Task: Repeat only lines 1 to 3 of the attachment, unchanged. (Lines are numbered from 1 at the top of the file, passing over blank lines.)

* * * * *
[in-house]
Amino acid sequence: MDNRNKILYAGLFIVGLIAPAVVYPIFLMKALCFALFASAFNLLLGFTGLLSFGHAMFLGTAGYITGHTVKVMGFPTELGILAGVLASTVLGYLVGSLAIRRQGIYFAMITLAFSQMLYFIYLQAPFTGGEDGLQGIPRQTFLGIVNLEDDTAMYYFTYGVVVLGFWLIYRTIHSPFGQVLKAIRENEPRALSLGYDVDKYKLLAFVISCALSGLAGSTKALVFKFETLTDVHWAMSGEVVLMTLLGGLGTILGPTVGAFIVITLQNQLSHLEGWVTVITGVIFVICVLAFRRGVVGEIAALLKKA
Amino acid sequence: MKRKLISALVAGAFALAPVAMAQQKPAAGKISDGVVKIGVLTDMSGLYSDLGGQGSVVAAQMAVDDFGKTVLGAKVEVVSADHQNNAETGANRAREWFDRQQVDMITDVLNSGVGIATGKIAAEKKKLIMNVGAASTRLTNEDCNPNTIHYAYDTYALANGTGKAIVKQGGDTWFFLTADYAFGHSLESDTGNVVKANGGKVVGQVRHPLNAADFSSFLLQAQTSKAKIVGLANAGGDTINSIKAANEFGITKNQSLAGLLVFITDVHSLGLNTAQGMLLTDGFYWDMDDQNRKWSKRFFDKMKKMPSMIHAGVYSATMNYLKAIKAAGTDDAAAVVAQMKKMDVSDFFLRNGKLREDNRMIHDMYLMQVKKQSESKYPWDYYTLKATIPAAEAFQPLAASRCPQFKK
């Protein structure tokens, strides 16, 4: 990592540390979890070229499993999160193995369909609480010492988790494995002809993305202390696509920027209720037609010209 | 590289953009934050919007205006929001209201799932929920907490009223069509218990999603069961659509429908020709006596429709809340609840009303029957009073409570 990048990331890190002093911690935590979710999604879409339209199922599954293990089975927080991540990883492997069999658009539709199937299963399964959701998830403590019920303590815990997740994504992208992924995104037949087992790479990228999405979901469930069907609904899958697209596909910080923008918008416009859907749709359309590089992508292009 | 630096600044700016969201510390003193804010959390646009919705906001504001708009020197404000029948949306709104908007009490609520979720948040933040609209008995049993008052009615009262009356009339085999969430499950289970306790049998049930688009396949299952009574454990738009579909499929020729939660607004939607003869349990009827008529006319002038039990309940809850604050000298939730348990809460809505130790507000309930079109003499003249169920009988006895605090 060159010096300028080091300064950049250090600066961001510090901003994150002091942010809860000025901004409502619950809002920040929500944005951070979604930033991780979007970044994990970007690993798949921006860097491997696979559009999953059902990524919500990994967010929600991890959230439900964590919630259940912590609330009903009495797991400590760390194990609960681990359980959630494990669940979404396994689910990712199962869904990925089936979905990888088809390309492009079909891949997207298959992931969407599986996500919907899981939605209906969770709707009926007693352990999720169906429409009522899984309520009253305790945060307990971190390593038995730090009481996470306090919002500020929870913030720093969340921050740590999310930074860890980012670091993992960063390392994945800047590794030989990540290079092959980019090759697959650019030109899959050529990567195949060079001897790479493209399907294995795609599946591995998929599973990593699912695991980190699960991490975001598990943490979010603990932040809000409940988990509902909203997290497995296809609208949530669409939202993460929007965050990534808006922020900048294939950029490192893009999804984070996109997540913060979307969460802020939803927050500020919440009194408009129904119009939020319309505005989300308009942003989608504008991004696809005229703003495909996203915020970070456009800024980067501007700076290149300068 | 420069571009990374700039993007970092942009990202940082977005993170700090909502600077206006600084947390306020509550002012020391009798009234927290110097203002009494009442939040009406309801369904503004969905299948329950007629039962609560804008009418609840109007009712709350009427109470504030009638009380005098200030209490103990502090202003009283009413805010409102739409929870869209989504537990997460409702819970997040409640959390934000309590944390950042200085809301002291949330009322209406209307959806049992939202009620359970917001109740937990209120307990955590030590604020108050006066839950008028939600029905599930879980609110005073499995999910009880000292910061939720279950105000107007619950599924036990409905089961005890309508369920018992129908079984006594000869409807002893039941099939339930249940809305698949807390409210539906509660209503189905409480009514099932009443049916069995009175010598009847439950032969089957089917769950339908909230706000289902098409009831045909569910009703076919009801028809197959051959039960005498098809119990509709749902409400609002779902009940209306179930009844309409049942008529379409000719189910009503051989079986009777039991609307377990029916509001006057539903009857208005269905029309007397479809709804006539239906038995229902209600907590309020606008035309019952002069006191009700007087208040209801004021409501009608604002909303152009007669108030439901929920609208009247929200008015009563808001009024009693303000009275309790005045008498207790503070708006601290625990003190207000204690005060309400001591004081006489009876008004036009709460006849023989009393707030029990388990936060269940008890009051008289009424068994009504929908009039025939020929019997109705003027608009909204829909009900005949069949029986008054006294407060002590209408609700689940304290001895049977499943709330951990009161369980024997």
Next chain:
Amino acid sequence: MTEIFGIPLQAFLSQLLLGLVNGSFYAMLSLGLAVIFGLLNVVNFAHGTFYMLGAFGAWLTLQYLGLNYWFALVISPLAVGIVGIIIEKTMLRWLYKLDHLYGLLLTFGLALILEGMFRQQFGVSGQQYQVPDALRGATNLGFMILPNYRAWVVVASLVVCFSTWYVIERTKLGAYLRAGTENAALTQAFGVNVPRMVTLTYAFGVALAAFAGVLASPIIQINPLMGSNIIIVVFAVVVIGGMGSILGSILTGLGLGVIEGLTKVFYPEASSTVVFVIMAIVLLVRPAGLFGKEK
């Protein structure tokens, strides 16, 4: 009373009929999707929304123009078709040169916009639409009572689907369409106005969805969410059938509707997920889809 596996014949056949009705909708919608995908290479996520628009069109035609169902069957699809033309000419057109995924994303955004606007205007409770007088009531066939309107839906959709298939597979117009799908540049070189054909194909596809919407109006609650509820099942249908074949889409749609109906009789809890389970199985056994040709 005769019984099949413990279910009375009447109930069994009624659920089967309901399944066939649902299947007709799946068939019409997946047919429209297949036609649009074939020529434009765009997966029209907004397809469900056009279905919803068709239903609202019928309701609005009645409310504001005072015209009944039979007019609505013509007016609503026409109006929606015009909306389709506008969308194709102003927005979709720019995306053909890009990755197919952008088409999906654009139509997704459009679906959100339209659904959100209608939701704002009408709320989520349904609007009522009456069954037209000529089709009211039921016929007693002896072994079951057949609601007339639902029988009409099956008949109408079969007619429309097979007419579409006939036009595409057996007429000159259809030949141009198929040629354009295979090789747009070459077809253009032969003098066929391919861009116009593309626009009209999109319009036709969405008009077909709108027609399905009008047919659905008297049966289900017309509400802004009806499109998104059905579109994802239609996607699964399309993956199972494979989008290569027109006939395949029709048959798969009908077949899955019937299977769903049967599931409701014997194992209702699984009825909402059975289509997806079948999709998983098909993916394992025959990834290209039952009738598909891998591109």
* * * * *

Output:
[in-house]
Amino acid sequence: MDNRNKILYAGLFIVGLIAPAVVYPIFLMKALCFALFASAFNLLLGFTGLLSFGHAMFLGTAGYITGHTVKVMGFPTELGILAGVLASTVLGYLVGSLAIRRQGIYFAMITLAFSQMLYFIYLQAPFTGGEDGLQGIPRQTFLGIVNLEDDTAMYYFTYGVVVLGFWLIYRTIHSPFGQVLKAIRENEPRALSLGYDVDKYKLLAFVISCALSGLAGSTKALVFKFETLTDVHWAMSGEVVLMTLLGGLGTILGPTVGAFIVITLQNQLSHLEGWVTVITGVIFVICVLAFRRGVVGEIAALLKKA
Amino acid sequence: MKRKLISALVAGAFALAPVAMAQQKPAAGKISDGVVKIGVLTDMSGLYSDLGGQGSVVAAQMAVDDFGKTVLGAKVEVVSADHQNNAETGANRAREWFDRQQVDMITDVLNSGVGIATGKIAAEKKKLIMNVGAASTRLTNEDCNPNTIHYAYDTYALANGTGKAIVKQGGDTWFFLTADYAFGHSLESDTGNVVKANGGKVVGQVRHPLNAADFSSFLLQAQTSKAKIVGLANAGGDTINSIKAANEFGITKNQSLAGLLVFITDVHSLGLNTAQGMLLTDGFYWDMDDQNRKWSKRFFDKMKKMPSMIHAGVYSATMNYLKAIKAAGTDDAAAVVAQMKKMDVSDFFLRNGKLREDNRMIHDMYLMQVKKQSESKYPWDYYTLKATIPAAEAFQPLAASRCPQFKK